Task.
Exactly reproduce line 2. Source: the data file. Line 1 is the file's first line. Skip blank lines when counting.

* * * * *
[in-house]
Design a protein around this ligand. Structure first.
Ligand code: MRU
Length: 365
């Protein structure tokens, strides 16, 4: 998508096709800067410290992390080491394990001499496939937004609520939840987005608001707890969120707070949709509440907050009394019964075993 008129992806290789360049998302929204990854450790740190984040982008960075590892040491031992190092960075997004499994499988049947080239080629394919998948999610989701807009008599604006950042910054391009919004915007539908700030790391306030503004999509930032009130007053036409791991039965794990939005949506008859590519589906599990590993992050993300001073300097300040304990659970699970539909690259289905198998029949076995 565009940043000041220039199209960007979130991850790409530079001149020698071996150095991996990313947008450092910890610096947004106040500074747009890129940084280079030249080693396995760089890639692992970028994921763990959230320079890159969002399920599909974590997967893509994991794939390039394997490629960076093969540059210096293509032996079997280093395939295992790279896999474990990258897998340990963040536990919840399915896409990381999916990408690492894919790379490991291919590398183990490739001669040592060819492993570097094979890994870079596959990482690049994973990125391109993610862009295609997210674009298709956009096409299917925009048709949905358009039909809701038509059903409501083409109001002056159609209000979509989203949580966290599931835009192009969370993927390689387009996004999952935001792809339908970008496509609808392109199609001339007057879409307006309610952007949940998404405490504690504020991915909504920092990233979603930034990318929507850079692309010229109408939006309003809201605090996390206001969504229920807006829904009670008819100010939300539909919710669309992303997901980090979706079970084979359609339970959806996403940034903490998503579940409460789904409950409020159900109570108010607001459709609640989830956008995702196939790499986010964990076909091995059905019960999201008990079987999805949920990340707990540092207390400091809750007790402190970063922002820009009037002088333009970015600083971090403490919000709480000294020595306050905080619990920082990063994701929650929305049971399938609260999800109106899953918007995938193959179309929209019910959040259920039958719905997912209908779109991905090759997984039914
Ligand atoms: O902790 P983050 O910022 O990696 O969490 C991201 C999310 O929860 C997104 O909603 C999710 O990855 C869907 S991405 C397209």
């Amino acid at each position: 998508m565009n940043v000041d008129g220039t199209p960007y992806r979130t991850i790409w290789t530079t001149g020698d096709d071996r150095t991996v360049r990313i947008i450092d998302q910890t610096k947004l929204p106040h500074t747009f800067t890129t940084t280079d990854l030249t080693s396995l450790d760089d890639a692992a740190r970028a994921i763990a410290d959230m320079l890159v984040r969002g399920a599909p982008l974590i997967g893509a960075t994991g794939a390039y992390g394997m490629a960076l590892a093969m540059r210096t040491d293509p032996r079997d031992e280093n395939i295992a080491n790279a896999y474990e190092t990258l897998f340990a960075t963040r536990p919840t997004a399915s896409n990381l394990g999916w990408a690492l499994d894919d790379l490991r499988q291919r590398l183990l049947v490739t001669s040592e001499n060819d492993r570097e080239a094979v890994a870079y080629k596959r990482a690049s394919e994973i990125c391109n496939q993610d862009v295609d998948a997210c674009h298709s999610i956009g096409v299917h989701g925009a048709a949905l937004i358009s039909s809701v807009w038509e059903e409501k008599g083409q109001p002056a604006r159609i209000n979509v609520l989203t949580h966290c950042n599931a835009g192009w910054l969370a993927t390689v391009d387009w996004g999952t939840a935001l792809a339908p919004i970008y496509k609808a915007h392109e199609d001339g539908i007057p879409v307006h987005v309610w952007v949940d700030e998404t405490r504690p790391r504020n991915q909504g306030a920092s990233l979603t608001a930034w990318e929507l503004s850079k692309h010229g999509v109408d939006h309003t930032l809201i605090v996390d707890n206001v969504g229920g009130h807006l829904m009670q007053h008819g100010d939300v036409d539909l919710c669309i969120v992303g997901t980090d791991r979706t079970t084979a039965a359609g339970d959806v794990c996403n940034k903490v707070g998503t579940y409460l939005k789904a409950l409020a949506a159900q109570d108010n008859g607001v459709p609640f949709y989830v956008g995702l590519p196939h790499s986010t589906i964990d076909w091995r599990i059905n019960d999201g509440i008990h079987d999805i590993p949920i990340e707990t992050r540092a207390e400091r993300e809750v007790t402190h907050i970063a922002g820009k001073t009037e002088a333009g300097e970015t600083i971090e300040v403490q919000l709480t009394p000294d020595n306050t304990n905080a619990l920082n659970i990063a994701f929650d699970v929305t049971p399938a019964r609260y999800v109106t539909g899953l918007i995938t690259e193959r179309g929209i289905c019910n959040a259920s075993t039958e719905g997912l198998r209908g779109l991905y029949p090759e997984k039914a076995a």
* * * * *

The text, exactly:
Design a protein around this ligand. Structure first.